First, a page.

A flat file is a collection of information stored and accessed sequentially in a database, often created to store information in a non-structured way. Comma Separated Value (CSV) sheets, for example, present information with each field separated from the next by a comma. While a flat file system offers some advantages, it often makes large amounts of data quite cumbersome to store and access. The majority of databases used today are relational systems that use structured queries to retrieve information and present it to the user.
How It Works
To make a flat file data model functional, all relevant information about a record needs to be stored in the same file. In a CSV sheet, for example, no application-specific formats apply to the data contained within the file; only a comma denotes the end of one field in a record. Each record is written on a line in the file, allowing all data for a single record to be stored separately from other records.
Such databases can quickly become very large and difficult to manage because of the simple way they are organized. Many modern data models use connected tables to organize groups of related data. This makes such information easier to locate and more flexible to work with.
Using a Flat System
If a customer calls a business to place an order, then someone enters his or her information into a table or database. That same person, or someone else, then enters information for that particular order. A flat file system might store all of this information for the customer in a single file.
This is not necessary, however, so multiple files could be maintained: one for the customer, and one for each individual order. Information about an order stored in one flat file is not associated with information about the customer stored in a different one. These files are not related in any way, so someone using a flat file database to find customer information can easily miss additional files about orders.
Weaknesses of This System
Since each record needs to be complete in and of itself, a flat file system usually results in very large files or a lack of connectivity between information within it. The common database used today is a relational database. This model allows information in one table to be related to other tables using key fields which exist in each one. Multiple tables become connected through these fields, allowing each one to have only part of the total information needed.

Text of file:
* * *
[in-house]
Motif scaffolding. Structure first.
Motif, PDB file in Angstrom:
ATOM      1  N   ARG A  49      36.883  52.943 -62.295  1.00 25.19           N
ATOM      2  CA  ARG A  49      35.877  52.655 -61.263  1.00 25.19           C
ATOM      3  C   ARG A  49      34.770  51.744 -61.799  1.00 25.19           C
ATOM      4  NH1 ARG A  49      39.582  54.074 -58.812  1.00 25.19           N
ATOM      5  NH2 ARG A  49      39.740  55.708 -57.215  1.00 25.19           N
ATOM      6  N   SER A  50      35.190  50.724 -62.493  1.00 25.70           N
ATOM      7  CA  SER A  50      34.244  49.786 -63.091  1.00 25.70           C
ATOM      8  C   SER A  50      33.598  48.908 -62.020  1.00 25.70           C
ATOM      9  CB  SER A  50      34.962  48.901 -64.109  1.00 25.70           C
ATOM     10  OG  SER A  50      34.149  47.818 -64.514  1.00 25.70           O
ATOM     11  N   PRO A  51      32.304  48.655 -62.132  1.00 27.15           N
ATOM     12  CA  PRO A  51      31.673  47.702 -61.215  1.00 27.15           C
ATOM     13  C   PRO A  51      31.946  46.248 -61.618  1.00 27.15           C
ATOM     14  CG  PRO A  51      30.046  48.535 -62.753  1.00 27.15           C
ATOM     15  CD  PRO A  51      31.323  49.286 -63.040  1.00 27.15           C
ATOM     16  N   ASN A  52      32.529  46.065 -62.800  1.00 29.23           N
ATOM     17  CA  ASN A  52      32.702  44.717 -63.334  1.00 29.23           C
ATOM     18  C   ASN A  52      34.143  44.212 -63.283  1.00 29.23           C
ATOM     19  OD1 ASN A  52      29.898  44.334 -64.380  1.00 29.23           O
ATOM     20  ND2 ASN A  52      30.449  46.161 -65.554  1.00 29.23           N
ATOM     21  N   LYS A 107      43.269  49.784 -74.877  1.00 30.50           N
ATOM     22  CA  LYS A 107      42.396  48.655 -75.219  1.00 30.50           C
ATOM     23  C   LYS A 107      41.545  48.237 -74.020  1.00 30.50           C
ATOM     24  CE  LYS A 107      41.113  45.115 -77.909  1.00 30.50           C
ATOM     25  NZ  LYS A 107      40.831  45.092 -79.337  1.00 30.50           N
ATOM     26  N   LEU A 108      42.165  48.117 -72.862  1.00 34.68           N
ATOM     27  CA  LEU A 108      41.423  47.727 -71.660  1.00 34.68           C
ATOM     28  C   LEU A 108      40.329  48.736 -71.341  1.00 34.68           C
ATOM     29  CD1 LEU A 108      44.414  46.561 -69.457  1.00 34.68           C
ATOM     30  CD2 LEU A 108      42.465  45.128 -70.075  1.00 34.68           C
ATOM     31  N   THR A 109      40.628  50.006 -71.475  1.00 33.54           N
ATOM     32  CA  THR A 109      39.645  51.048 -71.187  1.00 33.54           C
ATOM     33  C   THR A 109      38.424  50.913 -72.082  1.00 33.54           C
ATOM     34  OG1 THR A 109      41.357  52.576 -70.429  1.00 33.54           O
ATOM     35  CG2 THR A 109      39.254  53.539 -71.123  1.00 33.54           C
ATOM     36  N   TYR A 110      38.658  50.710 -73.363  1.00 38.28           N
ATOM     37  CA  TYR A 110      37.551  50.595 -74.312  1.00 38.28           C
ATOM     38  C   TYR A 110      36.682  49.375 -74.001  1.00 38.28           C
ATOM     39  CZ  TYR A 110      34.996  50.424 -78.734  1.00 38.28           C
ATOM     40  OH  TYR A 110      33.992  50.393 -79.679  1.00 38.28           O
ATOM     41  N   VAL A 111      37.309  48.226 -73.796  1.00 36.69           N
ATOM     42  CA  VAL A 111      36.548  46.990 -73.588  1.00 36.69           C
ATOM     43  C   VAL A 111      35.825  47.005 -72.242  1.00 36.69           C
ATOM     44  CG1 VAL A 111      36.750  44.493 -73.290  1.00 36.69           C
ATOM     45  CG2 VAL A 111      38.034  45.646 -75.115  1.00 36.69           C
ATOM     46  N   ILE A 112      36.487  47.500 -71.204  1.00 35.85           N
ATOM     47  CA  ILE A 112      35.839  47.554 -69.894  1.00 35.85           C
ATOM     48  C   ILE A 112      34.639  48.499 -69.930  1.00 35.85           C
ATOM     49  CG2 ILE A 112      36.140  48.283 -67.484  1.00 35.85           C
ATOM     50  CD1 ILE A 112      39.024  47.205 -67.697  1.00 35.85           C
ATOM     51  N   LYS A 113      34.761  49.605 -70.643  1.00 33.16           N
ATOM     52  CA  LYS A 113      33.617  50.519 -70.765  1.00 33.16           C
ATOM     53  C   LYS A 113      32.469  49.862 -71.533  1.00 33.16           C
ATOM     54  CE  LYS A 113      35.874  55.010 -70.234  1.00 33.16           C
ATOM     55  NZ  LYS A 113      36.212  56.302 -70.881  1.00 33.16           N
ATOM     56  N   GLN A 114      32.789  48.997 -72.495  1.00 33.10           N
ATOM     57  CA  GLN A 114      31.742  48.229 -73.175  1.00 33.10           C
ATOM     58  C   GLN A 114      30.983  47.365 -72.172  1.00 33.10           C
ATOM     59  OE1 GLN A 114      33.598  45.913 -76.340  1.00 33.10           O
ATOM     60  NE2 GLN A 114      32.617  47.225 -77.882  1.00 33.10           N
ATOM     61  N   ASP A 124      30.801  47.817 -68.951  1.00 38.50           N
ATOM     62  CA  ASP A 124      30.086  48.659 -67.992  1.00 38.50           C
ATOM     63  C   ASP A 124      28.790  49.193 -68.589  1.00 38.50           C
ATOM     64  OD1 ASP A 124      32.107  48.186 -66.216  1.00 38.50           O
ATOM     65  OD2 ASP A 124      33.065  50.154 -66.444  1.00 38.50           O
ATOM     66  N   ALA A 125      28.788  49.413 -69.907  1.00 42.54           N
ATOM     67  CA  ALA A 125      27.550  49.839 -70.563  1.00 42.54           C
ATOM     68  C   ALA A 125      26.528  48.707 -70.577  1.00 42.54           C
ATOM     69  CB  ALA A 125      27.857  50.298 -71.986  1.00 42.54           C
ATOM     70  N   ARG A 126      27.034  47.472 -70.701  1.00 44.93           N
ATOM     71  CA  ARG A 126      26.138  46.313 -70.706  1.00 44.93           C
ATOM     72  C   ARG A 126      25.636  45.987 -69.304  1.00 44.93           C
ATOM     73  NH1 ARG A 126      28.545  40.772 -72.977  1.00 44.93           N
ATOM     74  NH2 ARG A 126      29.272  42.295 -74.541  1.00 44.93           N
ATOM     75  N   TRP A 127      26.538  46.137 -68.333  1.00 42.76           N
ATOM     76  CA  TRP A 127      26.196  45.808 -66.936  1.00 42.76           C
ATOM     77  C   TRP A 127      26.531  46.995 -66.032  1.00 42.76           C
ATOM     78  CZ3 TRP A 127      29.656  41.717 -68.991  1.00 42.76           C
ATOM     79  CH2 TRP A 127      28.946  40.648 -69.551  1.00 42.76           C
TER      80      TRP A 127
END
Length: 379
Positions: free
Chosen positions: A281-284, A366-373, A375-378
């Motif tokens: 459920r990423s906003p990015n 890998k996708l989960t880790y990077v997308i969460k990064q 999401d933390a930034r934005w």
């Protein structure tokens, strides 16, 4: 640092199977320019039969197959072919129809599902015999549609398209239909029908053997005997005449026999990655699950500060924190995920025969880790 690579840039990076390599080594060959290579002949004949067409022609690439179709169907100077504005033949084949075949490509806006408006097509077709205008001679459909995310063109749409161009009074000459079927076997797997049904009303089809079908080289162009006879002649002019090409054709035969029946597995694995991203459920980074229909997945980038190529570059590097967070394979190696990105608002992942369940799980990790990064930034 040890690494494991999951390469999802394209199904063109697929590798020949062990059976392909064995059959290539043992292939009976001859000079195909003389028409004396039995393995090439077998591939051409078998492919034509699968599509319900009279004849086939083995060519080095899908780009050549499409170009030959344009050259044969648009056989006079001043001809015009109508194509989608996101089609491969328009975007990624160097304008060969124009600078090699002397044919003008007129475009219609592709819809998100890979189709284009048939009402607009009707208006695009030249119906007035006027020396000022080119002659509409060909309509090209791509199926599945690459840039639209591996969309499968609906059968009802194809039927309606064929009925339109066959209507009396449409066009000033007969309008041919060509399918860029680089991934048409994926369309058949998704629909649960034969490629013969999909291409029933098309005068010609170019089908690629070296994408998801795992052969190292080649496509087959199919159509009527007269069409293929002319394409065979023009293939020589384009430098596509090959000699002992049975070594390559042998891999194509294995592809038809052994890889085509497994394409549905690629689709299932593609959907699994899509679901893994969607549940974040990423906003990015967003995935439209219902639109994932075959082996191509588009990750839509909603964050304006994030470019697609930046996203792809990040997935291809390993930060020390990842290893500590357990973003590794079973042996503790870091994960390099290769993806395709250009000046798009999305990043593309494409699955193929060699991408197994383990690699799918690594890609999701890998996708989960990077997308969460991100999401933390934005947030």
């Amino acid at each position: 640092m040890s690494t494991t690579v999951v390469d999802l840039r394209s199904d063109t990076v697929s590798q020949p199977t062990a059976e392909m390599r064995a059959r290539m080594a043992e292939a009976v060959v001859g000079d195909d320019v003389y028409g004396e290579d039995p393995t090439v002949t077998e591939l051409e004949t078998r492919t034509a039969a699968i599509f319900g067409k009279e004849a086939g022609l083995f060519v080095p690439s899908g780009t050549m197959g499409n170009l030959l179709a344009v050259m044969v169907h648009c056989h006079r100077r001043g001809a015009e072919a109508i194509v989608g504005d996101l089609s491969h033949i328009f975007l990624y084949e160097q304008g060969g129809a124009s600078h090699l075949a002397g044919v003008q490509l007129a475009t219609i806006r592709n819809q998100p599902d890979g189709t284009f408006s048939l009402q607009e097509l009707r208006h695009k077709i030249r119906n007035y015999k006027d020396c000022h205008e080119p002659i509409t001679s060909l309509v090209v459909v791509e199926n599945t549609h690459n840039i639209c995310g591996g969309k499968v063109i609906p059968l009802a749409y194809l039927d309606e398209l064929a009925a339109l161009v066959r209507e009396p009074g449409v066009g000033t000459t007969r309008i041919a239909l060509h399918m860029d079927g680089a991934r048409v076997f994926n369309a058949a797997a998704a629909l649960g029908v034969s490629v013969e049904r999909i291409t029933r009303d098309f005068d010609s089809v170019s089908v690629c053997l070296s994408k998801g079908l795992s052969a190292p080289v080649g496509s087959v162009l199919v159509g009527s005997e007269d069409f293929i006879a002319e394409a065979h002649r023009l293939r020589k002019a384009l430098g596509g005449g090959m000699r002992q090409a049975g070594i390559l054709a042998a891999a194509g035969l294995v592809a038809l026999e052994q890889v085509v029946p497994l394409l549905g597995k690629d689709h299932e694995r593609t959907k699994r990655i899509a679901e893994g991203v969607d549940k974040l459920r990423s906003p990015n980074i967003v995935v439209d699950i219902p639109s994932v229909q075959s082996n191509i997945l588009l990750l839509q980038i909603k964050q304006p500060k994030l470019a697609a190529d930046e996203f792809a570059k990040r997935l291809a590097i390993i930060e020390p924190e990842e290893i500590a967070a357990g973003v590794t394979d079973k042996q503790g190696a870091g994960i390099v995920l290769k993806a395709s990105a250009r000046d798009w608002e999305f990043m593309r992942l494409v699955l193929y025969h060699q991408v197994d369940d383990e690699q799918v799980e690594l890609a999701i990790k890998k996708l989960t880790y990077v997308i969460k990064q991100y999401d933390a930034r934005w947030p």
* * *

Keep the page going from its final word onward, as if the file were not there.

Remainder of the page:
The same customer example given above might look quite different in a relational model. When the customer calls to place an order, someone enters his or her information in a "customer" table within the database. Another person can then enter information for his or her order in a separate table. Each of these tables include fields that connect them to each other. This means that someone can use the system to more easily find all of the information for a customer, including total order history.
Flat file databases do have some uses, even though the functionality of this data model is not quite as efficient as a faster, relational approach. Simple systems can easily contain basic information for a quick database. The lack of connected fields also eliminates errors that can arise from missing tables, so many downloadable databases use this format to avoid such issues.